Other rally barometers like copper and the Dow Jones Transportation Average ($DJT) are also starting to level off a little after fierce upward moves back in the spring. Could it just be the summer doldrums taking hold, or does this reflect a possible slowdown in the broader rally?
Cost-Cutting Key: Before the pandemic, it was relatively easy to assess an earnings report. Back then, stronger guidance or an earnings beat were often enough to send shares higher. These days, guidance is a bit hard to find amid the uncertainty, and many analysts say they’re not looking closely at 2020 numbers because COVID-19 basically dumped a big pail of water on corporate performance this year.
So instead, a lot of investors are scrutinizing costs. Most importantly, investors should look for evidence of how firms plan to cut spending in these tough times. That’s what the Street seems to want to hear—how they’ll bring down costs so they’re better situated if the storm continues. Another thing that’s always key but may be more than ever this year is future plans. If 2020 is a wash, what do the executives say about next steps? How are they going to extricate their companies from the Q2 quagmire? What exactly are they changing to make sure they’re ready for any extra hits from the pandemic? It’s fair to say every company (and every analyst, to be fair) got upended by COVID-19. We’re getting to the point, however, where many investors won’t want to hear excuses. They’ll want action. It’s more important than ever for a CEO to have a good plan.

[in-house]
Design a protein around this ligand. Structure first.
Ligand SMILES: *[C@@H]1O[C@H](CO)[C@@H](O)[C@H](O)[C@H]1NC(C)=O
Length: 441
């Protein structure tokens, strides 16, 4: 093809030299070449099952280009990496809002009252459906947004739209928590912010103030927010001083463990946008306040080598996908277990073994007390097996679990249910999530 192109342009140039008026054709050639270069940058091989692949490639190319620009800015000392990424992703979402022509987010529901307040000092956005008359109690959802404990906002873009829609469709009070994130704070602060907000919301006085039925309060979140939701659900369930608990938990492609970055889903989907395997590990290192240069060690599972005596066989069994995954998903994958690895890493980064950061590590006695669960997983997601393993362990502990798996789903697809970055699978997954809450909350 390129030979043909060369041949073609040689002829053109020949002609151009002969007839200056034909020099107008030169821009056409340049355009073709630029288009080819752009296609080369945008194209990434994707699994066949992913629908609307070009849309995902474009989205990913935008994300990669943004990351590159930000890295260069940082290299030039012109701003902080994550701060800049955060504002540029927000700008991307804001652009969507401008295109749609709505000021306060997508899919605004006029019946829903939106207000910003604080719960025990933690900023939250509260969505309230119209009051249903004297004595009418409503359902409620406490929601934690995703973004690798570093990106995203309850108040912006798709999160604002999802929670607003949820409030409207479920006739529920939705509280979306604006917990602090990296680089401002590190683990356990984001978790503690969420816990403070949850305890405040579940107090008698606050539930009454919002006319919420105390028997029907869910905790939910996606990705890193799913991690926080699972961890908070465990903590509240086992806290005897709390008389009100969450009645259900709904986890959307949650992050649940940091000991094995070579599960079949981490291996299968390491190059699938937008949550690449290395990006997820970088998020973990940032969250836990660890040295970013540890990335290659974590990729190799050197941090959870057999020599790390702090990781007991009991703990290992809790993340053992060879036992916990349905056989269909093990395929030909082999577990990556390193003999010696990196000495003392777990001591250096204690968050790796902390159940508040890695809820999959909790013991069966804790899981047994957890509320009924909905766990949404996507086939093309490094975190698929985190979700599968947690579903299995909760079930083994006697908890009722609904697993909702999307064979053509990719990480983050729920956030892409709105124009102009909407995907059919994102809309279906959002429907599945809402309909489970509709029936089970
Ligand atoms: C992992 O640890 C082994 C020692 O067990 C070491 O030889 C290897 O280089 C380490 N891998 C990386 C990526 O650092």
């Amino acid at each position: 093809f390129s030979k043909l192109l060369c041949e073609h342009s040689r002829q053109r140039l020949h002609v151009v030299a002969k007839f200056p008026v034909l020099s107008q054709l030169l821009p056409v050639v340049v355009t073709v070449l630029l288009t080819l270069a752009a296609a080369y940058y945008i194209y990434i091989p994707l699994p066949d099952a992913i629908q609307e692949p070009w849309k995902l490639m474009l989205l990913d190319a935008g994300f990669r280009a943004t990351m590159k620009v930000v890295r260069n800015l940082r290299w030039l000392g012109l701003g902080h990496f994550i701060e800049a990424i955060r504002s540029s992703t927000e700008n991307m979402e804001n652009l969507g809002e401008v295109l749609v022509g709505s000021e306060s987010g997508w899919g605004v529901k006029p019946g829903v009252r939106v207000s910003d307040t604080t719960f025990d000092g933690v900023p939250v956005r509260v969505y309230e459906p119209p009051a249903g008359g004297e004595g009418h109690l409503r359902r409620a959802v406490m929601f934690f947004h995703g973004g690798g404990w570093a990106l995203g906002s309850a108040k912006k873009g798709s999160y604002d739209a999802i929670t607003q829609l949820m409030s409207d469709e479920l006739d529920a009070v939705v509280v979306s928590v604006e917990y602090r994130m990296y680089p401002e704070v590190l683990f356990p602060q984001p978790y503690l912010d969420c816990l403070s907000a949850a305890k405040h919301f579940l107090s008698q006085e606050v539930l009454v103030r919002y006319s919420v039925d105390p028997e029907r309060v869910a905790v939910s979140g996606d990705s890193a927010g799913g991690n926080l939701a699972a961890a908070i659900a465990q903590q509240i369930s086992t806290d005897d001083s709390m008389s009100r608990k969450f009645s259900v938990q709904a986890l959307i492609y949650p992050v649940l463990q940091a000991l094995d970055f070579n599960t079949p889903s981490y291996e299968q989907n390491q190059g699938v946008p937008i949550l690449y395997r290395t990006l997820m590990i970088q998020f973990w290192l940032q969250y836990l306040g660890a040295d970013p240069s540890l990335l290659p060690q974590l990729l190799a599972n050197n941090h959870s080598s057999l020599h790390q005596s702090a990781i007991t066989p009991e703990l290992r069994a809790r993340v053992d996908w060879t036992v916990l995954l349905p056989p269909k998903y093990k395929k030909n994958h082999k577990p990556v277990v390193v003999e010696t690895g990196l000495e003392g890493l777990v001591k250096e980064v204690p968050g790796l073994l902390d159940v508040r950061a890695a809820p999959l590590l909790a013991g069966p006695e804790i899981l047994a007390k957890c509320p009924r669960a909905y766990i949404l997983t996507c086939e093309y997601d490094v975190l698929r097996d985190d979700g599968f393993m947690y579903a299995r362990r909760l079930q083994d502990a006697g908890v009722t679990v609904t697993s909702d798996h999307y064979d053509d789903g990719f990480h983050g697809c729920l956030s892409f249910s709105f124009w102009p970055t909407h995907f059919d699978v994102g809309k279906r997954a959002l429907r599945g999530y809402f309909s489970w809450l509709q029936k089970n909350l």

Nothing Ventured: Caterpillars build cocoons to transform into butterflies. There’s a similar process in the business world where companies often go through a “cocoon” phase where they’re supported by early venture capital to build strength ahead of their first public offering. Well, the coronavirus is slowing that process, along with a lot of other things. Nationally, the pace of venture funding deals fell 23% in Q2, though the total amount invested was down just 1 percent. That’s according to Crain’s Chicago Business.
Venture capitalists spent much of Q2 triaging existing investments, Crain’s reported. In-person meetings were curtailed by travel restrictions and lockdowns, and venture firms slowly began to adapt to doing virtual deals. “Venture firms generally became much more conservative around dealmaking as the pandemic hit the U.S. in March and early April, leading to a downturn in both VC invested and number of deals completed in Q2,” Crain’s quoted PitchBook and NVCA saying.
So what does this mean for the stock market? Maybe not much right now, but a few years down the road it could lead to a slower pace of initial public offerings (IPOs)—not a good trend for the big investment banks.